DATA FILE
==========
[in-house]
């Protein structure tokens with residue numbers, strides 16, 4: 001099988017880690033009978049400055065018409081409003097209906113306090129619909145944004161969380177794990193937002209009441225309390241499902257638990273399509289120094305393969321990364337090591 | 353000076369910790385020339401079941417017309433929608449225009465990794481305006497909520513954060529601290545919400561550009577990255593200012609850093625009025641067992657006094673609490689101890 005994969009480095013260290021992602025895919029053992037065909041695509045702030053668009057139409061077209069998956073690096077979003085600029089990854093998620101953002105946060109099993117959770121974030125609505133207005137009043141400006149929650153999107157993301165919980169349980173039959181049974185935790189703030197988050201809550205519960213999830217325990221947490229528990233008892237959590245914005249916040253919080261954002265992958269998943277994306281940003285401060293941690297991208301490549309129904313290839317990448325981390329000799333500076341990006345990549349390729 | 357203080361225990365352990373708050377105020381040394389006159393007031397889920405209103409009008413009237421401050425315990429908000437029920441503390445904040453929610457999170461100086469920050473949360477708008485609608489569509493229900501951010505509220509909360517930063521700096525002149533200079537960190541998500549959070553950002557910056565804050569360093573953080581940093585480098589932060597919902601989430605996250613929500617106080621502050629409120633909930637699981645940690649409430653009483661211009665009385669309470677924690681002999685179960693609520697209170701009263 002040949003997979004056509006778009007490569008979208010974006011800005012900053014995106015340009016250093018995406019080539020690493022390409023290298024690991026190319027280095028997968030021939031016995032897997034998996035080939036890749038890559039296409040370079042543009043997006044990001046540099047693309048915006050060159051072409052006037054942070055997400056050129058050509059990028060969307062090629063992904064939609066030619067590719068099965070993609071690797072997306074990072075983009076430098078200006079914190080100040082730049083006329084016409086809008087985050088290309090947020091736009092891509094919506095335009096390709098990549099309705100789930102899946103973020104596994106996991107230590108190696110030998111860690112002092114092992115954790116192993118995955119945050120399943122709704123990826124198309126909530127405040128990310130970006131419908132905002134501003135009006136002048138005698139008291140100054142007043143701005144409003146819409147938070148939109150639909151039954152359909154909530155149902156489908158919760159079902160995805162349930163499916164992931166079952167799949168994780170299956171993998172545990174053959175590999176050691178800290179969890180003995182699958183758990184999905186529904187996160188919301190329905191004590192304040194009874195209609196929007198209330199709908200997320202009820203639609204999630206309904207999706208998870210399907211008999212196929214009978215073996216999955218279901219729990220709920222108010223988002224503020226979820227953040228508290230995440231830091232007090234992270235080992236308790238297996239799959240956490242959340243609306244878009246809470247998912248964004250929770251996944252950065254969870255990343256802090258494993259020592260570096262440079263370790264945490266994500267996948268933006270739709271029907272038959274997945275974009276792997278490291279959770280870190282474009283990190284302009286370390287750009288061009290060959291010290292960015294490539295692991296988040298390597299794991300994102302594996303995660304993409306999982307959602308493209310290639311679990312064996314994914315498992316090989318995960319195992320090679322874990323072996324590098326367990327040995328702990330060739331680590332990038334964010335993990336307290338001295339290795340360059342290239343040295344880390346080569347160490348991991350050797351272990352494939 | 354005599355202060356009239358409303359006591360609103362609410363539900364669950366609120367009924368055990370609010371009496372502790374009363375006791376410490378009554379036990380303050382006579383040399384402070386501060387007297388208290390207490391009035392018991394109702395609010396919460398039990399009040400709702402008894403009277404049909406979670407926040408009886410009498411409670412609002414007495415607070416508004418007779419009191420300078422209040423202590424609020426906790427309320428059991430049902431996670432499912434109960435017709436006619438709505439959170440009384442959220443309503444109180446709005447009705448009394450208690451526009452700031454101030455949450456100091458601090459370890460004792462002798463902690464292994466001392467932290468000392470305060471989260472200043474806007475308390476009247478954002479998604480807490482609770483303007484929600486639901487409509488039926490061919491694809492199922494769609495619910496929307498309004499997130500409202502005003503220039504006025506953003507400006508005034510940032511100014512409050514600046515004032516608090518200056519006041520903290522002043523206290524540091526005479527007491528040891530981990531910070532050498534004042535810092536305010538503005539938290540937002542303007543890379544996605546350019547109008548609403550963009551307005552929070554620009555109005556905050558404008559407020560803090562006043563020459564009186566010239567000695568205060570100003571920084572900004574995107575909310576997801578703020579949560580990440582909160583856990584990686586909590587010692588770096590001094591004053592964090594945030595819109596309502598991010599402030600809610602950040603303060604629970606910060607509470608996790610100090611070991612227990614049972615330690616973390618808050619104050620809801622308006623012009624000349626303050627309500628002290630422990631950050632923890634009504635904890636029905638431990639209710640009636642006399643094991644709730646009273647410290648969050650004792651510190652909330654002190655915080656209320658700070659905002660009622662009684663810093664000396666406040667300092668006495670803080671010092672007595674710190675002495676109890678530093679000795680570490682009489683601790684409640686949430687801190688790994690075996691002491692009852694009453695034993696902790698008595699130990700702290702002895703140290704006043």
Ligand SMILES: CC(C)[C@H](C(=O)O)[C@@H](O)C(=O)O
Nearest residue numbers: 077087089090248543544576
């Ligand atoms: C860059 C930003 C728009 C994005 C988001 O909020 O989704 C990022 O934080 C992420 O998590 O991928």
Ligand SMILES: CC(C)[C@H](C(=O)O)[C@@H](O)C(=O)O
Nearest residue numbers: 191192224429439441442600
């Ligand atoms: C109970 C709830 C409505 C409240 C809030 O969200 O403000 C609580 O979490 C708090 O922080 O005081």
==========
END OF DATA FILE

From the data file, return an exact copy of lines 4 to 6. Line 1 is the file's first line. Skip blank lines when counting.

Nearest residue numbers: 077087089090248543544576
């Ligand atoms: C860059 C930003 C728009 C994005 C988001 O909020 O989704 C990022 O934080 C992420 O998590 O991928």
Ligand SMILES: CC(C)[C@H](C(=O)O)[C@@H](O)C(=O)O